HEEL PAIN can be exasperating.
A friend of mine was experiencing some heel pains, granted we had done a lot of walking, but it couldn’t account for the extent of her discomfort. In her sifting through the symptoms, she initially cited Plantar Fasciitis as the ailment; my thought as well. However, she observed closer and realised it was Baxter’s Nerve Entrapment.
What is Baxter’s Nerve Entrapment?
Baxter’s Nerve Entrapment can simply be described as a nerve that innervates or stimulates the heel, and which is somehow not gliding smoothly through the soft tissues of the foot. Essentially, it’s a pinched nerve, but is more of an impingement. It can be caused at times by residual scar tissue from plantar fasciitis. In fact the symptoms can mimic plantar fasciitis.
It is described medically as the acute pain felt when the first branch of the lateral plantar nerve becomes entrapped in the medial heel. Though most cases of heel pain are associated with plantar fasciitis, some patients are misdiagnosed, and the problem could in fact be associated with the entrapment of your Baxter’s nerve.
How is it Diagnosed?
Because Baxter’s nerve entrapment may be hard to differentiate from plantar fasciitis, some doctors or podiatrists may request an X-ray or bone scan to help with the diagnosis. This would, in particular, help to rule out the presence of heel spurs. For days my friend was saying, “I’ve not sure whether it’s really plantar fasciitis.
With entrapment, the pain is more localised, is pressure sensitive, and gets worse with activity rather than better. You may experience burning as well or a sharp shooting pain. Patients occasionally locate the pain at the edges of the heel, either the outer or inner edge.
Excessive walking or running, and certainly ill fitted shoes (without cushioned support and orthopaedic structure), can contribute to the intensification of the pains. It can sometimes be further aggravated by poor fitting orthotics.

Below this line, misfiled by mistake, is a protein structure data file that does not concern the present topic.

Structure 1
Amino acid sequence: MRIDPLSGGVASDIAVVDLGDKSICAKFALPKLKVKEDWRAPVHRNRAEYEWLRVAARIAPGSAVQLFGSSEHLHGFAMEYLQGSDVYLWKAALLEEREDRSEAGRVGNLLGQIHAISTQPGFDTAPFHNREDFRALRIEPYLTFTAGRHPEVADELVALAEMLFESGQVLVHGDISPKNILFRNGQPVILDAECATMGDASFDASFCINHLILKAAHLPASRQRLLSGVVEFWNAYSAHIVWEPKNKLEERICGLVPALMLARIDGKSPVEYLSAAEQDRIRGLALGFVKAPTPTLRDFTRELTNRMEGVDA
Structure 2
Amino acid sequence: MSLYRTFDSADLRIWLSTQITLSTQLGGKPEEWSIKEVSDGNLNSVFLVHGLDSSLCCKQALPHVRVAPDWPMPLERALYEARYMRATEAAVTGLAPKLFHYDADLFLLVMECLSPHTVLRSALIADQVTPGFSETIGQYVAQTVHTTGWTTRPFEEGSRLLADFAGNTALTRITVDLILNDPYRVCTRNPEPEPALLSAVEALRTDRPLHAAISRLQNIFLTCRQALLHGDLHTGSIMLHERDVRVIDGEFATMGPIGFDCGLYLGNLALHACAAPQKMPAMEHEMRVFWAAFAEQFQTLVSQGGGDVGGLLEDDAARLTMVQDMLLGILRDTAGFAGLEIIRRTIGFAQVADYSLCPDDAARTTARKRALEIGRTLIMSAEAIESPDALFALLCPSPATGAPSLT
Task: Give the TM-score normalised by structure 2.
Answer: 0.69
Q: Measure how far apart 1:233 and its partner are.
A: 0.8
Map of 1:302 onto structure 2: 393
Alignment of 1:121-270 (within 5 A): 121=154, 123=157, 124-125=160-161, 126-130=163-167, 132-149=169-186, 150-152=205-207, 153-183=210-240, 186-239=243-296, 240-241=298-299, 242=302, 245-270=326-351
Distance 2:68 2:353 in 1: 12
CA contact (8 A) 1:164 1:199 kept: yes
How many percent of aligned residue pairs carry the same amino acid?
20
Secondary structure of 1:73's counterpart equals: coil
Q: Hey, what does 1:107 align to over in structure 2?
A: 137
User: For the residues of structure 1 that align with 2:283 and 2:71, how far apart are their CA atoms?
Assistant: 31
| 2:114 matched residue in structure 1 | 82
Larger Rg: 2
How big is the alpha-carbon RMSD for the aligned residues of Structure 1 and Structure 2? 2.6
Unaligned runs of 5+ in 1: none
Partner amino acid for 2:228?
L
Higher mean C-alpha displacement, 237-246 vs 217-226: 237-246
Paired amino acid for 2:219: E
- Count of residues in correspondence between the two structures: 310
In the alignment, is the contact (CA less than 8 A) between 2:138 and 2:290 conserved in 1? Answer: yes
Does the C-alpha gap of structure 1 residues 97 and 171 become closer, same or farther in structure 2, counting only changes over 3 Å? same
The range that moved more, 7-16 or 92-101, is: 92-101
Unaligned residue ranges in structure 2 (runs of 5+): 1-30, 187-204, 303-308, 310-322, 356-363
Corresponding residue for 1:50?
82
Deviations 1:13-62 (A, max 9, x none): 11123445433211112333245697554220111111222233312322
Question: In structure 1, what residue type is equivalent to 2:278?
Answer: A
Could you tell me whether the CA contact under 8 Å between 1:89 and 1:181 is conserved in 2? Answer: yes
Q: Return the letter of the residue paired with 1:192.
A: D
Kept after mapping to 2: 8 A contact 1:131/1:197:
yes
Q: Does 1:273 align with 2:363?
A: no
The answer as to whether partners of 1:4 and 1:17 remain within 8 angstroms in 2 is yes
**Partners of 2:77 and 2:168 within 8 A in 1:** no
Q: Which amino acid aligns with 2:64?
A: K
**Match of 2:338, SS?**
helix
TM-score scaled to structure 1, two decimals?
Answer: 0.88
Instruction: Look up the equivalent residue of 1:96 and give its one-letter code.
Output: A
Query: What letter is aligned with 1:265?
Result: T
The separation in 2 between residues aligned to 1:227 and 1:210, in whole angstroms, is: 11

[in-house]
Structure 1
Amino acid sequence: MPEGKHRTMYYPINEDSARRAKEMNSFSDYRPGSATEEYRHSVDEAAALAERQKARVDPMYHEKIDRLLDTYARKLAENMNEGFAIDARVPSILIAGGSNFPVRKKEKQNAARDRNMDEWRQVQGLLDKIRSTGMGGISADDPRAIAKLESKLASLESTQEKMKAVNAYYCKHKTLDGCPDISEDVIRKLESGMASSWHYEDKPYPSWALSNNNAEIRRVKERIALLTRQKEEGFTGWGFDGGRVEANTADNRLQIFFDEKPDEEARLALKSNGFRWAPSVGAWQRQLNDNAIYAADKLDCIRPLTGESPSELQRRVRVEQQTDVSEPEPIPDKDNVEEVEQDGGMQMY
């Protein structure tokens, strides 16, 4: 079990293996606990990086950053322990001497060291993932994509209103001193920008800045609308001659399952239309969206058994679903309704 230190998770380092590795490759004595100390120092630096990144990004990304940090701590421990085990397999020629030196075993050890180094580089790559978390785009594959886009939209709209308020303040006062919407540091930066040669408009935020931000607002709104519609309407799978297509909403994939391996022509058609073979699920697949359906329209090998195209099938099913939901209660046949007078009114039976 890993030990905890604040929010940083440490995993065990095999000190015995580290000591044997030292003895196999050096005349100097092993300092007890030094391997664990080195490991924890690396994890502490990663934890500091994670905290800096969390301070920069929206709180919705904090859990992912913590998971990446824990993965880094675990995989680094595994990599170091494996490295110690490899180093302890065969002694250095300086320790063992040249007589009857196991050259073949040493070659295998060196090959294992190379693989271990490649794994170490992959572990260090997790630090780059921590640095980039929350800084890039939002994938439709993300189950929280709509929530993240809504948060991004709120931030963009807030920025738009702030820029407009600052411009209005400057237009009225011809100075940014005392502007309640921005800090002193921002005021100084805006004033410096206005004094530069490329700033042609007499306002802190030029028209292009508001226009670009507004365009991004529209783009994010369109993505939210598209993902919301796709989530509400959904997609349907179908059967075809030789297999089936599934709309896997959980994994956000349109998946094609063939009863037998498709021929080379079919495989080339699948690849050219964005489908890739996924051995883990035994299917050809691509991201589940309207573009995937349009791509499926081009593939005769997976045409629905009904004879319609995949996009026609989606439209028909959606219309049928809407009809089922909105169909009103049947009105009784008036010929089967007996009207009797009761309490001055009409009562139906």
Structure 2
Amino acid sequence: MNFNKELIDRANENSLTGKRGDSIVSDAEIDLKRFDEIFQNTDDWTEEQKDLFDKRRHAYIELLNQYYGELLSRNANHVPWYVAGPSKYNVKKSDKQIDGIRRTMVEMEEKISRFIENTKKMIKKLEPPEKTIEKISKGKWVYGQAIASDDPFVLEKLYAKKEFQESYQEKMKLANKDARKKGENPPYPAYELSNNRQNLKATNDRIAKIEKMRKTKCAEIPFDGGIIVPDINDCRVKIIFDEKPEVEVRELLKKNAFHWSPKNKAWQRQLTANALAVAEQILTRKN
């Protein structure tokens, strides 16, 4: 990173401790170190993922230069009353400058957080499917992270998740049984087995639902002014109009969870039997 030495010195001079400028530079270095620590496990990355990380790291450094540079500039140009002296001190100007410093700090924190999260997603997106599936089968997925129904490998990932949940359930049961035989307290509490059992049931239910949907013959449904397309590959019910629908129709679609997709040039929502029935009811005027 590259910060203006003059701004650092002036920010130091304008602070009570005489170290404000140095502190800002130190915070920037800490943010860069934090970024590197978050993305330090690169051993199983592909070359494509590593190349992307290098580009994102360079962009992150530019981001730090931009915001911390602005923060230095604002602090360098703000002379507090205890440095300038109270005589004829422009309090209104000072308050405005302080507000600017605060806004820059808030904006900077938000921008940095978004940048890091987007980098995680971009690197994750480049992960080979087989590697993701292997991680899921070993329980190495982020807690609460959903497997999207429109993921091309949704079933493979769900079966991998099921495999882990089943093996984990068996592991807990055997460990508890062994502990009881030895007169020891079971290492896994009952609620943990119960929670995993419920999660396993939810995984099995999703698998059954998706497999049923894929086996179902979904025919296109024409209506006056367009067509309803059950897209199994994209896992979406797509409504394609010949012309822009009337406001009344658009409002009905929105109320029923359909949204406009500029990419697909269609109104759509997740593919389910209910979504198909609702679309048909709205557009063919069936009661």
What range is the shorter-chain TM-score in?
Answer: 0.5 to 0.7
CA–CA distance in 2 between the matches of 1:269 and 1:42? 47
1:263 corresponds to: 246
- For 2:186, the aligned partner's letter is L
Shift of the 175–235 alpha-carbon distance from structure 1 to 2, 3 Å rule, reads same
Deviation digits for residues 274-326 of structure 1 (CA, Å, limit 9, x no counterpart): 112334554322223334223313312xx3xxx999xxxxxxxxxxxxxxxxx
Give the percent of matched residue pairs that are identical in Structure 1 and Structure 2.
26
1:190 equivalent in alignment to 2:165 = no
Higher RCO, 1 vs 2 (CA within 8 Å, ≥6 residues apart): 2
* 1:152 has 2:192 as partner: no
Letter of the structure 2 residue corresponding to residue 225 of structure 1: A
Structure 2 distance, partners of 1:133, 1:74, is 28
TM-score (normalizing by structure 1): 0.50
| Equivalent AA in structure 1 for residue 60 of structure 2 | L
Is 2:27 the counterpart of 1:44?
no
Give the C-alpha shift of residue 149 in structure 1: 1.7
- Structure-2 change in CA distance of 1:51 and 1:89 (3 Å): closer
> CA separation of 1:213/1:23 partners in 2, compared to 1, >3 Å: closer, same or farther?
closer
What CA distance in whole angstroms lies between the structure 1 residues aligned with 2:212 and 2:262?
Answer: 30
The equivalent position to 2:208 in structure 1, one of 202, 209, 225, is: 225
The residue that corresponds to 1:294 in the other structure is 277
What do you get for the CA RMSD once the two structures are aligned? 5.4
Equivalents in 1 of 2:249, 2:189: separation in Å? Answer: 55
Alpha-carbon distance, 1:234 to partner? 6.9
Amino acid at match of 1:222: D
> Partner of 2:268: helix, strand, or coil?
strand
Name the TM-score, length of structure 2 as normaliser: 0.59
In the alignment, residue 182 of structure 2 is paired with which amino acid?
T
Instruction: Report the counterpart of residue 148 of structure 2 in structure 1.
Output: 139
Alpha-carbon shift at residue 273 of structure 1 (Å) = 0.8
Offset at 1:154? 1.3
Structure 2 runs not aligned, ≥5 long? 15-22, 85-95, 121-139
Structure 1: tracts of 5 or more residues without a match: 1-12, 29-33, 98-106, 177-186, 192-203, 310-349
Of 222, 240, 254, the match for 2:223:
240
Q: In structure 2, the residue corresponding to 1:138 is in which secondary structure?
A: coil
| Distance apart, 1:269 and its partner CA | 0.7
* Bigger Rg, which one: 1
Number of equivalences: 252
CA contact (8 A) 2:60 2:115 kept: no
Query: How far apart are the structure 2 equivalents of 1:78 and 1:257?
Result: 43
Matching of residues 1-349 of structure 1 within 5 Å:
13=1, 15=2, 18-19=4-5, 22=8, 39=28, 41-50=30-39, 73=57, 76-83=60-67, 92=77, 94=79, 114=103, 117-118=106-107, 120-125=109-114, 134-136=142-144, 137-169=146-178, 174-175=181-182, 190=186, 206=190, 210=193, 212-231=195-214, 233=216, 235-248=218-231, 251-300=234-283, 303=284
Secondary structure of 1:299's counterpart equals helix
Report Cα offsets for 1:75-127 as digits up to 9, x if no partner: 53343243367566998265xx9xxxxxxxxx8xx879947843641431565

Baxter’s nerve entrapment, like plantar fasciitis, requires the same treatment initially.
For some persons, the use of orthotics helps their cause. However, on the flip side, some persons feel less discomfort in a pair of trainers or well-padded shoes.
Visiting a Physical Therapist for treatment is an excellent opinion on the road to, or to get on the road to recovery. They would give you some exercises to work into a daily foot stretch routine. They let you know when to come in again to reassess where you are at, and if there is need to add or take way from the regime previously given. Massages and electrical therapy would help to treat with the issues as well. You would also be assessed to determine whether or not exercise (walking or otherwise), should be incorporated into your activities.
Should you not immediately respond to any of the above treatments, your condition is most likely not plantar fasciitis. If this is the case, many physicians recommend corticosteroid and local anesthetic injections, directly into the nerve.
If all of the options indicated become exhausted, the next step is typically surgery. The procedure performed, known as neurolysis, is intended to release the nerve. In most cases, the proper diagnosis and treatment of Baxter’s nerve entrapment leads to a 92% success rate in reducing or completely eliminating heel pain.
Other than plantar fasciitis, Baxter’s Nerve Entrapment can be misdiagnosed as rheumatoid arthritis, stress fracture or tarsal tunnel syndrome. Visit your orthopaedic specialist, podiatrist, chiropodist to map what may be occurring with you.